when they shall take you away with hooks,
even the last of you with fishhooks.
(Amos 4:2)

One more passage, from Amos chapter five, where the prophet addresses the people at worship:

I hate, I despise your feasts,
and I take no delight in your solemn assemblies.
Even though you offer me your burnt offerings and cereal offerings,
I will not accept them,
and the peace offerings of your fatted beasts
I will not look upon.
Take away from me the noise of your songs;
to the melody of your harps I will not listen.
(Amos 5:21-23)

Some Biblical commentators have said that this passage illustrates that God really does not care a great deal about prayer and worship (Hose Miranda says that, for example, in “Marx and the Bible”). I don’t think the passage says that at all.

What the passage does suggest though is equally confronting – namely, that worship of the God of the Bible is completely incompatible with a lifestyle that profits from unjust systems that crush poor people.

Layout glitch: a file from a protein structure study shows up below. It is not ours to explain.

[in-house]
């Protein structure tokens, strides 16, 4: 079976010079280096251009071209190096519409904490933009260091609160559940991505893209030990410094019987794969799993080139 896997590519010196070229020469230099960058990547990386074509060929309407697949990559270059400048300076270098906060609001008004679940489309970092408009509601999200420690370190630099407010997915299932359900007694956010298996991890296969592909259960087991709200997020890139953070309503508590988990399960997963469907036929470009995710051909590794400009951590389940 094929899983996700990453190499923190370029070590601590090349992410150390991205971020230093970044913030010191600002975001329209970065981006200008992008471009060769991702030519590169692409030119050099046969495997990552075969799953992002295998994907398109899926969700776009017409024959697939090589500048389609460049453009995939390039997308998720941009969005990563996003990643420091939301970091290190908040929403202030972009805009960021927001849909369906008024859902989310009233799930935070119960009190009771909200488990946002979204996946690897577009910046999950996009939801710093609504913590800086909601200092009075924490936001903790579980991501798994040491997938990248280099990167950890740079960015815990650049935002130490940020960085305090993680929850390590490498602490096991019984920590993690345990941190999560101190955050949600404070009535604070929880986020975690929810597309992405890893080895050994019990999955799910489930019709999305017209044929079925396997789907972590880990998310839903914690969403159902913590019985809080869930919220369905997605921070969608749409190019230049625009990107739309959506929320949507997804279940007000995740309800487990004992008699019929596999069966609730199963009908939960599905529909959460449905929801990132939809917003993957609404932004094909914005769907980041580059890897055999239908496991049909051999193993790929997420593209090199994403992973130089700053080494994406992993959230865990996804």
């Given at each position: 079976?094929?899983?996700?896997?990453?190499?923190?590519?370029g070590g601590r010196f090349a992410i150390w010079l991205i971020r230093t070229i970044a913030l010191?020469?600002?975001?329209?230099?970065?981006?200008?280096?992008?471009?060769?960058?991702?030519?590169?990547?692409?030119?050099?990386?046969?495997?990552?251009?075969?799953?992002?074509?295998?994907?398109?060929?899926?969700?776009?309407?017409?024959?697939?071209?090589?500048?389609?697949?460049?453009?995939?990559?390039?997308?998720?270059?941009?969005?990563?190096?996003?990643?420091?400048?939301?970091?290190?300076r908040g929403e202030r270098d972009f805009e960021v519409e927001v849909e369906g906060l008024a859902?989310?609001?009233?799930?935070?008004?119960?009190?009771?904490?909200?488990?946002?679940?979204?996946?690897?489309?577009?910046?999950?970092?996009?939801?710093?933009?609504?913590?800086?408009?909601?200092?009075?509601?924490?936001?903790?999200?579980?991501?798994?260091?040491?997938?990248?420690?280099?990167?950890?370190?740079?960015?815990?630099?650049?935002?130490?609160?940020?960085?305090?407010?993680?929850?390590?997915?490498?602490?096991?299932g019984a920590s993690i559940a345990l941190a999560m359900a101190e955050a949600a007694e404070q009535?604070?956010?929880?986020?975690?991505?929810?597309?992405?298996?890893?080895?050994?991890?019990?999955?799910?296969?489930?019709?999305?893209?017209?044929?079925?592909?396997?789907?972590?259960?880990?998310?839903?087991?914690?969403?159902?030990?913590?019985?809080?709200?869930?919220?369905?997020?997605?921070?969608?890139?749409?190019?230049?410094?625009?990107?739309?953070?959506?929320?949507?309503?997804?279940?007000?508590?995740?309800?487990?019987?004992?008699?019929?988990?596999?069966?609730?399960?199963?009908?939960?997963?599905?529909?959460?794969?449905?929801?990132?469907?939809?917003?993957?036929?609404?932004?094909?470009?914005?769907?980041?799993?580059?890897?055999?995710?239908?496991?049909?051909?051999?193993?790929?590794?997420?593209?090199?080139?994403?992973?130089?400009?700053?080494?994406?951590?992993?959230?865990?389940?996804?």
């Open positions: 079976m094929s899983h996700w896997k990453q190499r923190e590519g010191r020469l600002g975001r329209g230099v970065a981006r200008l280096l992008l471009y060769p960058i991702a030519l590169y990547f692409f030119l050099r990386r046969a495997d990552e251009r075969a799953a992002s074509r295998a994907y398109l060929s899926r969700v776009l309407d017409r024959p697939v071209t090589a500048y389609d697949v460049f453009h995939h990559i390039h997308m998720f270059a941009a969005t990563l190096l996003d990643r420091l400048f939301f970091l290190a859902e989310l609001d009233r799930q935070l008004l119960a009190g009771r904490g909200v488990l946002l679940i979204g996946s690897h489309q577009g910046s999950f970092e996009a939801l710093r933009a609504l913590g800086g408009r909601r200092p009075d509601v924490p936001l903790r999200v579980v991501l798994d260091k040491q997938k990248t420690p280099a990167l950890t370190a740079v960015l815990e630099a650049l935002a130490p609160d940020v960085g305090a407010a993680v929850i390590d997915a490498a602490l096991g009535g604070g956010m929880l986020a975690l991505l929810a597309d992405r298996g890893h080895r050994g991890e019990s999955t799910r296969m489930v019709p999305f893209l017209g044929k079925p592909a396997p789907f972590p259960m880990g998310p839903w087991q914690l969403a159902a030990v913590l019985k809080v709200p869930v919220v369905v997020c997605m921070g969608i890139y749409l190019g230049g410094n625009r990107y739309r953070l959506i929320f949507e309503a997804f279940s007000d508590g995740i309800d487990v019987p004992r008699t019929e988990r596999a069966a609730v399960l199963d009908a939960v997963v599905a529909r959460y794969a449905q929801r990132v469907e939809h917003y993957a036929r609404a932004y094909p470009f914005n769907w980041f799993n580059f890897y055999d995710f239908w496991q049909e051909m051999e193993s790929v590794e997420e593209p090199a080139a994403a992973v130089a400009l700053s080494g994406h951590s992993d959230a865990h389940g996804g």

The verse that follows outlines what God requires of His people:

“But let justice roll down like waters,
and righteousness like an ever-flowing stream.”
(Amos 5:24)

You can’t worship God while you are violating God’s other (smaller and weaker) children. It’s simple hypocrisy. But if you’re committed to bringing justice to these poor and disenfranchised persons then, of course, your worship means something.

Let us leave Amos there this morning. I encourage you to read the book in its entirety when you get a chance.

Read about Amos’ confrontation with the Bishop in chapter seven! The bishop tells Amos that he’s a heretic, of course. Amos has his own choice words for the Bishop!

And read Amos’ words of hope in the final chapter of the book (chapter nine). No, Amos is not all doom and gloom but concludes on a real note of hope where he speaks of a descendant of David who will come and make things right.

We Christians, of course, latch on to those words and see them as a prophecy regarding Jesus, and rightly so, I believe. Jesus indeed comes to bring ‘Good news to the poor’ (Luke 4:18) just as He is indeed the one who will ‘bring down the mighty from their thrones and lift up the lowly’ (Luke 1:52).